Clinically, corticosteroids change the course of reversal reactions in many ways. They decrease intraneural and cutaneous edema and promote rapid recovery of the symptoms [1]. Earlier initiation of corticosteroid treatment can eliminate the risk of permanent neural dysfunction [3]. Corticosteroids must be continued at immunosuppressive doses for prolonged period. A prednisolone dose of 40 mg has been suggested as the start dose to control many of the type I reactions. However, patients with neural involvement require a dose of 1 mg/kg (60 mg) or sometimes higher doses (2 mg/kg). [14] Prednisolone dose must be reduced only after observing clinical recovery and tapering the dose to 20 mg/day. Recovery is often occurs within 3 months but may sometimes exceed 6 months. Intravenous methylprednisolone pulse therapy has been used to control reactions. Pulse therapy is indicated in severe reversal reactions and in cases of acute or chronic neuritis who have previously received oral corticosteroid therapy for prolonged period. The therapy involves administration intravenous methylprednisolone at a dose of 1 gr/day for consecutive 3 days in the first week and this is followed by a dose of 1 gr/week for consecutive 4 weeks, and finally 1 gr/month for consecutive 4 months. Prednisone 0.5 mg/kg/day is administered between the cycles of pulse therapy [15]. The treatment should be modified with a return to the previous dose in case worsening of clinical condition. Correct start dose and dose tapering regimen for prednisone must be determined on a patient basis, and this decision must rely on the follow-up of the loss of sensory functions and motor examination findings. The recommended duration of treatment is often 4–9 months in patients with borderline tuberculoid (BT) leprosy, 6–9 months in patients with borderline-borderline (BB) leprosy, 6–18 months in patients with borderline lepromatous (BL) leprosy; however, the treatment may last 24 months or longer. Patients with recent neural lesions and particularly those with less than 6-month duration better respond to therapy compared with patients in whom therapy is initiated in late periods [1].

Immunosuppressive medications such as azathioprine and cyclosporine can be used alone or in combination with corticosteroids [16]. Thalidomide is an effective drug used as an alternative to corticosteroid therapy and it allows long-term disease control [17]. Nerve decompression surgery has a limited place and it is recommended for patients with permanent pain after corticosteroid therapy. Surgery can be performed in patients with TL and BT leprosy with neuralgia and nerve abscesses in whom therapy with immunosuppressive is not feasible [1].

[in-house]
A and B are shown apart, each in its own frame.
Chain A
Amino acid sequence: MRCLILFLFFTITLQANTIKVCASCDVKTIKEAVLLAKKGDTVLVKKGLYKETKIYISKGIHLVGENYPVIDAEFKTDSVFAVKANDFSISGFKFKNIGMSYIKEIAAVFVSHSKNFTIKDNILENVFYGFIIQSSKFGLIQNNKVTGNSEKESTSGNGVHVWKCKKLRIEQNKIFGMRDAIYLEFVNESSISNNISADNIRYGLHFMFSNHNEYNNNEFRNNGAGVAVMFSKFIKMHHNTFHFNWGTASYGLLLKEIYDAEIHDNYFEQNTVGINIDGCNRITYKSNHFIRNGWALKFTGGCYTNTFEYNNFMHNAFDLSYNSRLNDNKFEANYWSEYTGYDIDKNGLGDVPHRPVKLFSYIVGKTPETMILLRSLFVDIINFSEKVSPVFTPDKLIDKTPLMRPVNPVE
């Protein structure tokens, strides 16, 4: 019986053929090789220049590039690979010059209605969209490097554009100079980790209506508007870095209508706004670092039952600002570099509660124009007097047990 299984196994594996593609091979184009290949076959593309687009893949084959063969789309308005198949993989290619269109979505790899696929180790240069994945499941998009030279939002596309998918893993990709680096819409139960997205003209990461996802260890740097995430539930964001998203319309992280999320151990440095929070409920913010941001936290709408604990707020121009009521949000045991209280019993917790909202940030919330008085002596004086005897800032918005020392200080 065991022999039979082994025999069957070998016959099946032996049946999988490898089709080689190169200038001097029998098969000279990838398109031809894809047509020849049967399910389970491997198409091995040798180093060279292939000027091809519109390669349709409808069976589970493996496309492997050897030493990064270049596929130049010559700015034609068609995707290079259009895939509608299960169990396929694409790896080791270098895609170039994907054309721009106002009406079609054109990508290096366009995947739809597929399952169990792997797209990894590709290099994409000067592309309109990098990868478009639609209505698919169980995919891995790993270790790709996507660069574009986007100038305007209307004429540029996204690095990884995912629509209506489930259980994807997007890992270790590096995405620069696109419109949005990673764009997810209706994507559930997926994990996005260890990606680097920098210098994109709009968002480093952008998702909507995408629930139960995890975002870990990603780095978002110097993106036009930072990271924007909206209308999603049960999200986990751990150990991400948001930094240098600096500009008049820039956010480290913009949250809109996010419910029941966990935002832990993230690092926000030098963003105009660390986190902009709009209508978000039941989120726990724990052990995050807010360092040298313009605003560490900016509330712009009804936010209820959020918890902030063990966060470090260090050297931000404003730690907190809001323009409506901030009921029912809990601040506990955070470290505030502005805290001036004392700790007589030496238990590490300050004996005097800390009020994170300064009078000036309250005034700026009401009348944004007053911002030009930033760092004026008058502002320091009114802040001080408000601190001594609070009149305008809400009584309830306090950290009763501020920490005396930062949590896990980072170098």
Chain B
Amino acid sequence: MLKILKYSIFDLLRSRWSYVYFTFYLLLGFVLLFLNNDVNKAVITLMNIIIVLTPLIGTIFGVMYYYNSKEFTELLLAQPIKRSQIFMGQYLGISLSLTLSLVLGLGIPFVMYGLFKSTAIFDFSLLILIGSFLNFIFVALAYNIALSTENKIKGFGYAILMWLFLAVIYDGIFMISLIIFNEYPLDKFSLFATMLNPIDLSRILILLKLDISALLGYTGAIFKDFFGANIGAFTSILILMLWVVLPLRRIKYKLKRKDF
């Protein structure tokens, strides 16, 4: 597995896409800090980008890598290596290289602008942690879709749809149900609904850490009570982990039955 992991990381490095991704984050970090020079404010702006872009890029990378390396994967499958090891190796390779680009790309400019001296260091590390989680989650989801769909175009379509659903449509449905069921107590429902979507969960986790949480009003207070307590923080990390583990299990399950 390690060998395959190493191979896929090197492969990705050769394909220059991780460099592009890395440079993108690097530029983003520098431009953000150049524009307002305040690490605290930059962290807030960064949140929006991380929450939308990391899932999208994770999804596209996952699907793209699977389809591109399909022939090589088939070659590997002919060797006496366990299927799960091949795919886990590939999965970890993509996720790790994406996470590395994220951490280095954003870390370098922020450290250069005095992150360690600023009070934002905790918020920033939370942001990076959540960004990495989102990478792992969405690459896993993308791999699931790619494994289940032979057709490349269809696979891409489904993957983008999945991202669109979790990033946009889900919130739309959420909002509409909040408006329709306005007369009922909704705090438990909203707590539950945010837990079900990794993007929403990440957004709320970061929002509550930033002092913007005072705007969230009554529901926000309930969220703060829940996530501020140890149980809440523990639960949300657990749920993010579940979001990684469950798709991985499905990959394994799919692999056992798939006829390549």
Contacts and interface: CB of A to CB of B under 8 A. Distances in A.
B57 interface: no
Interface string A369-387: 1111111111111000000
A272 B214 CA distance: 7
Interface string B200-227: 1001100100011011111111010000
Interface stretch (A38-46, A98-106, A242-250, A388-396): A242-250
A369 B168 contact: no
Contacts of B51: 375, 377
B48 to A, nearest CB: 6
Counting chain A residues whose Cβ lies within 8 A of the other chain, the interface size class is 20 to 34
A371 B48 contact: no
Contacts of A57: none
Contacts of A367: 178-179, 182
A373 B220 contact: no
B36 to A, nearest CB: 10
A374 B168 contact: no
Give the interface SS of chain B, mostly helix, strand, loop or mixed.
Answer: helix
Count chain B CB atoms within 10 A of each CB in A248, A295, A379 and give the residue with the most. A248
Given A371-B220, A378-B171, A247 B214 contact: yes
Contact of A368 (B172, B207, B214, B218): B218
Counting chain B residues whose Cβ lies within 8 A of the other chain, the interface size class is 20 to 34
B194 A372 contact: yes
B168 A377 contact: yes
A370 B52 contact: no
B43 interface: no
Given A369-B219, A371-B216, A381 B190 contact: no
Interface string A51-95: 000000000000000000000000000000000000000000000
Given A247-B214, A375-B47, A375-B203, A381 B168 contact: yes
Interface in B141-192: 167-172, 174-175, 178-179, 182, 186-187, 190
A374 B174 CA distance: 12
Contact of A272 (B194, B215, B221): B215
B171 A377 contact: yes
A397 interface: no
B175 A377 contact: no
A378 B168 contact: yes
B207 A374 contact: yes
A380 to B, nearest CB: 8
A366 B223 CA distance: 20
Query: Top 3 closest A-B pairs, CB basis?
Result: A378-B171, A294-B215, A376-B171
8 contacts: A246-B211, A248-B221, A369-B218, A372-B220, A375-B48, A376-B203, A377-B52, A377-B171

3. Type 2 reaction

3.1. Introduction

Type 2 reaction or erythema nodosum leprosum (ENL) occurs in patients with high bacilli load as in patients with multibacillar type leprosy (BL and LL) [5]. Type 2 reaction is considered to be more complicated than type 1 reaction due to systemic nature and recurrent episodes [4]. The differences between type 1 and type 2 reactions are summarized in Table 1 [1, 3, 4, 6, 10, 13]. Type 2 reaction course is 1–2 weeks, but may occur multiple recurrences over several months [5]. ENL is identified by Pocaterra et al. as single acute (one ENL episode lasting less than 6 months, recurrence is not), multiple acute (repeated discrete episodes) or chronic (an episode lasting for more than 6 months, continuous episodes) [18].

ParameterType 1 reactionType 2 reaction
Immunological responseType 1 helper cellsType 2 helper cells
PathogenesisType IV hypersensitivity reaction (delayed cell-mediated)Type III hypersensitivity reaction (immune complex formation and deposition)
Type of reactionReversal reaction
Downgrading reaction
Erythema nodosum leprosum
Lucio’s phenomenon
Erythema multiforme-like reaction
Clinical phenotypeTuberculoid, borderline tuberculoid, borderline-borderline
Previous treatment (except in downgrading reactions)
Borderline lepromatosis, lepromatosis
Previous treatment or not
Cutaneous featuresAcute onset of erythema and swelling of previous lesions
No new lesions
New painful subcutaneous nodules in previously unaffected skin
Necrotic areas
Polymorphous erythematous plaques
Neurological featuresPainful neuritis with or without loss of nerve function
Pain or tenderness in one or more nerves
Muscle weakness in the hands, feet, or face
Painful neuritis with or without loss of nerve function
Pain or tenderness in one or more nerves
Muscle weakness in the hands, feet, or face
Systemic manifestationsRarelyCommon (Fever, weakness, lymphadenitis, iridocyclitis, neuritis, arthritis, dactylitis, orchitis)
Risk factorsMultidrug therapy
Oral contraceptive
Lepromatous leprosy
RecurrenceLess likelyMost likely
HistopathologyTuberculoid granuloma
Superficial dermal edema
Dermal fibroplasia
Disorganized granuloma and necrosis or ulceration in severe reactions
Neutrophilic infiltrate in the mid-deep dermis